I'd sooner talk about my sex life than my paycheck. Either one would be an overshare.
Over at CBS MoneyWatch, Stacey Bradford described hearing a stranger boast that he has too much money and not enough time to spend it.
Anyone besides me want to smack that guy two or three times?
First off, don't panic. There are steps you can take to get back in Uncle Sam's good graces.
It’s a scary thing when you can’t pay your taxes.
It’s one thing to miss a credit card payment, but failing to pay the federal government taxes that you owe has potentially significant consequences, including interest and penalties.
Fortunately, there are some steps you can take when you can’t pay your taxes. In fact, the Internal Revenue Service provides excellent guidance for those struggling to pay Uncle Sam. With tax time just around the corner, we thought it was a good time to review what you should do if you are having trouble paying your taxes.
The offerings don't impress everyone, but more deals could be on the way.
This post comes from Melinda Fulmer of MSN Money.
Smart phones aren't smart for everybody, and picking the wrong one is all too easy -- and expensive.
Smart phones might be the trendiest tech you can fit in your pocket, but in some circumstances people aren't approaching them with much smarts. They commit to spending thousands without doing much in the way of research.
For instance, the average iPhone user pays about $95 a month for service for a two-year total bill of about $2,300, according to a Time.com blog. And that's just the plan itself, before all the extra taxes and fees.
Discount pizza, sub coupons, free tacos and wedding dresses are among this week's deals and freebies.
This weekend is another of the periodic Give & Get events that provide savings to shoppers and donations to charities.
With the Give & Get coupon, you can get 30% off purchases Nov. 11-14 at The Gap, Banana Republic, Old Navy, Gap Outlet and Banana Republic Factory Stores. The charity of your choice will get 5% of your purchase amount.
Coupons plus holiday hype can equal big budgetary blunders.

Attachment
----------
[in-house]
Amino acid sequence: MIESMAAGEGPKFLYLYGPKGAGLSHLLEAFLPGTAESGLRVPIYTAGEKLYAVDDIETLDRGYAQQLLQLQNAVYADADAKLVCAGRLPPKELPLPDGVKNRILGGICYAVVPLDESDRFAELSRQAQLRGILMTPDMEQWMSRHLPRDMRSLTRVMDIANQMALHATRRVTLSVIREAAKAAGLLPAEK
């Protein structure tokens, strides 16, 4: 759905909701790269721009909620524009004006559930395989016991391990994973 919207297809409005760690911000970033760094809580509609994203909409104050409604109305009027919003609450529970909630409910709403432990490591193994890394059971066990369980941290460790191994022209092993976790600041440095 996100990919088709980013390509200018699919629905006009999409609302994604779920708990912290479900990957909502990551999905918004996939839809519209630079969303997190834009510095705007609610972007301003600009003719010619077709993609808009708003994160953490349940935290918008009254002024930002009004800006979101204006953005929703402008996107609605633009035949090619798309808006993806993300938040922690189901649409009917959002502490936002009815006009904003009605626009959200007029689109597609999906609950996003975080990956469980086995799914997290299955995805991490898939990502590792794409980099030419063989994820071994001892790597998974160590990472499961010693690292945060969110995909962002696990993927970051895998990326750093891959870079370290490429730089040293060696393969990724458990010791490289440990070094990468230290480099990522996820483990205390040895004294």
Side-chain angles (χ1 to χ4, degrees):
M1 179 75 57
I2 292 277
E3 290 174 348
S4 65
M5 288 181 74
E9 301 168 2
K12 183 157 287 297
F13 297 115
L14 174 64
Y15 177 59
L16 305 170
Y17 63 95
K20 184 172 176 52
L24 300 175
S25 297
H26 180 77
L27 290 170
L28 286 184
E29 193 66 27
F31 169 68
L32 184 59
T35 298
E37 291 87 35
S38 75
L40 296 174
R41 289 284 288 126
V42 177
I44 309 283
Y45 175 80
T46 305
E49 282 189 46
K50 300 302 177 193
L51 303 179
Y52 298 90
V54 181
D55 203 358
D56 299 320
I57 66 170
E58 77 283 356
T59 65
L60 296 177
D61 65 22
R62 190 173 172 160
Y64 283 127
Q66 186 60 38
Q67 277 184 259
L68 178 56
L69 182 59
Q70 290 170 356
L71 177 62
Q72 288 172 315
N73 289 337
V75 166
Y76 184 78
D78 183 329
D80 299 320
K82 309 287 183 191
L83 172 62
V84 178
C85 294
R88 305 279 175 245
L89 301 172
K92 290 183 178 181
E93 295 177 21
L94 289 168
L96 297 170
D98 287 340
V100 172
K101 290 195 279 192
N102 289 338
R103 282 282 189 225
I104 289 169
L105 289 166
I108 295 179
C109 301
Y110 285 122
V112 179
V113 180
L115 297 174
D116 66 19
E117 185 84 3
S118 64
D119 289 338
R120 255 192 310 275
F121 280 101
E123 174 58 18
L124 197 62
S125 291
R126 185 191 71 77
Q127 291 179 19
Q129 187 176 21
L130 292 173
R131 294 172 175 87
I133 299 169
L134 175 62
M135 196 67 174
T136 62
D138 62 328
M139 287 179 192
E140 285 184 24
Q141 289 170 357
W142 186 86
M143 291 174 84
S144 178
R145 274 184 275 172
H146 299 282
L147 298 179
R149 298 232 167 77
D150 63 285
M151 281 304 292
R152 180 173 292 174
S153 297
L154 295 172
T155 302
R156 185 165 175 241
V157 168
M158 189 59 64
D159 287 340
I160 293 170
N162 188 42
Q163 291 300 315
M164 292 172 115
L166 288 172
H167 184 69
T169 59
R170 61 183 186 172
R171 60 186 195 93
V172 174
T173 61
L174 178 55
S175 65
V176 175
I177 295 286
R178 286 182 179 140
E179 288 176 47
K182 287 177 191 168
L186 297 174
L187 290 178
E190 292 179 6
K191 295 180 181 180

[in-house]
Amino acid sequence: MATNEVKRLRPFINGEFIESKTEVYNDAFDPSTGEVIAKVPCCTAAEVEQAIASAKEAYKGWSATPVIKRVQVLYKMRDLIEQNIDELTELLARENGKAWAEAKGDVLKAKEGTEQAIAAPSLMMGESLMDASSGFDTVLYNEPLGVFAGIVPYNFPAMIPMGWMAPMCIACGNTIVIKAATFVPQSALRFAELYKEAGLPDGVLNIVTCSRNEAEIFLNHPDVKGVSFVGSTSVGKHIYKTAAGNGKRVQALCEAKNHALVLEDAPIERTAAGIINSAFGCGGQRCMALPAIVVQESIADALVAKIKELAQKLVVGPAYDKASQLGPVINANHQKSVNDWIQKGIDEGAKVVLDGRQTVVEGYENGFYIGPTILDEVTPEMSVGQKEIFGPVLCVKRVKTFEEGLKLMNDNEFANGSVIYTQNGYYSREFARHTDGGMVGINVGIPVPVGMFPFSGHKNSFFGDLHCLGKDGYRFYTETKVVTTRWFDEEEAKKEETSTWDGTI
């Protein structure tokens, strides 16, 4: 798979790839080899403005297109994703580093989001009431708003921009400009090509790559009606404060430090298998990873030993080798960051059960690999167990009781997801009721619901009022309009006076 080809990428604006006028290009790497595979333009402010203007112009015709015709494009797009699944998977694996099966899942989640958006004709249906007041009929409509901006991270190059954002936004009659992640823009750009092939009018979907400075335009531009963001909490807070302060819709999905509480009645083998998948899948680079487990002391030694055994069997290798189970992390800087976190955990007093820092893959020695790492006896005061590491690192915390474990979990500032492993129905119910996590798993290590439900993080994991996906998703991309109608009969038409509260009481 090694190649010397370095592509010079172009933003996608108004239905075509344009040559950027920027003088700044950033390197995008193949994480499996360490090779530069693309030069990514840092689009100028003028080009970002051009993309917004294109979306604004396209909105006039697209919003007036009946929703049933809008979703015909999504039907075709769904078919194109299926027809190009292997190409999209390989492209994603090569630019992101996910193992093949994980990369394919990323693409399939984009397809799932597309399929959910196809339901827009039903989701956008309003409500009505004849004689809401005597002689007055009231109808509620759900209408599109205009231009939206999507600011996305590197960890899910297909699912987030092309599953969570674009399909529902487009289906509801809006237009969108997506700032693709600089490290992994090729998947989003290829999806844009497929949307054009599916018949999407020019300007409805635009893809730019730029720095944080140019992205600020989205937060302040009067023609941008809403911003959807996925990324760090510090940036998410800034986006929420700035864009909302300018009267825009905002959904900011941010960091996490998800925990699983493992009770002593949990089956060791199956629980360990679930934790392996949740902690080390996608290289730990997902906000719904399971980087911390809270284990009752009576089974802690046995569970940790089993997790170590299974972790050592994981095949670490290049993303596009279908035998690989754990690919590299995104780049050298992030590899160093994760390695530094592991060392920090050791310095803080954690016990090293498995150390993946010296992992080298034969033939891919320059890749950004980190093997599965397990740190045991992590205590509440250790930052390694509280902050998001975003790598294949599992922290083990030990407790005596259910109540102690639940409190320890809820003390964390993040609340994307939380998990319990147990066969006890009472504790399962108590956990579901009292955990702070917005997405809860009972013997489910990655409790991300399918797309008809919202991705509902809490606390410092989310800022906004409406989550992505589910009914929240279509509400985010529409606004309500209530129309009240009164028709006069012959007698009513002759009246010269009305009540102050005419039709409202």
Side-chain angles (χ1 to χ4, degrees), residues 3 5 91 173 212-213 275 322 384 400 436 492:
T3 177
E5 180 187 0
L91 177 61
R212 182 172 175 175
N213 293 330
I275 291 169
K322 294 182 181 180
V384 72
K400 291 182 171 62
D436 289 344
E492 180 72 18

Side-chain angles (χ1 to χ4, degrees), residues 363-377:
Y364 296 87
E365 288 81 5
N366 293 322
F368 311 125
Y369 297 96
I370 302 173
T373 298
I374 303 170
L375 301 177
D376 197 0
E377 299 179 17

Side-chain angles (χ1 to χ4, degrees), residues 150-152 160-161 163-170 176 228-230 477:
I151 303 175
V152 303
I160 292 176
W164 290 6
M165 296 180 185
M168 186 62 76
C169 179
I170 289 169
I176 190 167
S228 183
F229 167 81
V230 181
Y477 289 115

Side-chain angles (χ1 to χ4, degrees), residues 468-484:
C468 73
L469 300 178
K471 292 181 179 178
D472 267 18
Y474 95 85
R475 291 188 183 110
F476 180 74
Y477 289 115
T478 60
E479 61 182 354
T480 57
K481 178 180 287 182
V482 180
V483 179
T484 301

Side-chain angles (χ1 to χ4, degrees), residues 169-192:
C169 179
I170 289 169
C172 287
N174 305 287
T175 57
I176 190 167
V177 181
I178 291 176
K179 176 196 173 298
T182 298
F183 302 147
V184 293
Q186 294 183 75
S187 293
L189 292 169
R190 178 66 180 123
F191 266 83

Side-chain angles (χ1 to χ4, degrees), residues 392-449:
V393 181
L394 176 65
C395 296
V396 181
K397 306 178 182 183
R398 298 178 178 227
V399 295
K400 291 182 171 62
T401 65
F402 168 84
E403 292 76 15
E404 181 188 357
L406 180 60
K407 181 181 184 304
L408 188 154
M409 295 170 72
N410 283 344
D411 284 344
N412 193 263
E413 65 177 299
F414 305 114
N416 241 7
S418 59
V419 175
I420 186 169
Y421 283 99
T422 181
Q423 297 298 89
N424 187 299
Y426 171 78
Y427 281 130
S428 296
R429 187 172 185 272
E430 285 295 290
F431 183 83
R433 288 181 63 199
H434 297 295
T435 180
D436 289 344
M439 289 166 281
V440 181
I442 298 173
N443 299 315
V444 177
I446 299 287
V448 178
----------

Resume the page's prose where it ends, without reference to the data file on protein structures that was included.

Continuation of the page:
Well, the calendar says November
Christmas follows in December
Since buying's no longer a chore
Spend some more! Spend some more! Spend some more!
I have a better chance of being hired as a cabana boy for Lady Gaga than I do changing some of these behaviors.
I hate it when I see people waste food.
I'm not sure why, but I've always been that way. Somebody who believes in reincarnation once told me that I probably starved to death in a past life. OK.
Another pet peeve of mine is carelessly wasting money in ways that can be easily prevented. Although I haven't shared that little characteristic of mine with the reincarnationist, I wonder what she'd say. Then again, on second thought, I don't really care.
While I am very diligent about not wasting food, I still have a lot of work to do when it gets down to plugging all of my money leaks.
I recently did a quick audit to see where some of my biggest leaks reside and then evaluated my odds of repairing them. When you're done checking them out, let me know if: 1) you suffer from some of the same money leaks that I do; and 2) if you have a few others plaguing you that I didn't list. Thanks.
Overpaying for our satellite television service:
- My (lame) excuse: Although I watch the same 25 channels 99.5376% of the time, one day I may want to watch something on one of the other 1,746 channels I'm paying for.
New study shows that 40% of kids ages 2-11 ask their parents to go to McDonald's at least once a week and 15% of preschoolers ask to go every day.
As debate heats up about whether a McDonald's Happy Meal should include a toy or not, a new study out of Yale's Rudd Center for Food Policy & Obesity about kids and fast food produced some remarkable results.
The new evaluation, the most comprehensive study of fast-food nutrition and marketing ever conducted, shows that fast-food marketers target children across a variety of media and in restaurants.
And they're not marketing the healthy foods on the menu.
In addition, the study finds that restaurants provide largely unhealthy defaults for the side dishes and drinks that come with kids' meals.
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Some workers lose up to a quarter of their paychecks paying off old debt from credit cards, medical bills and student loans, as well as child support.
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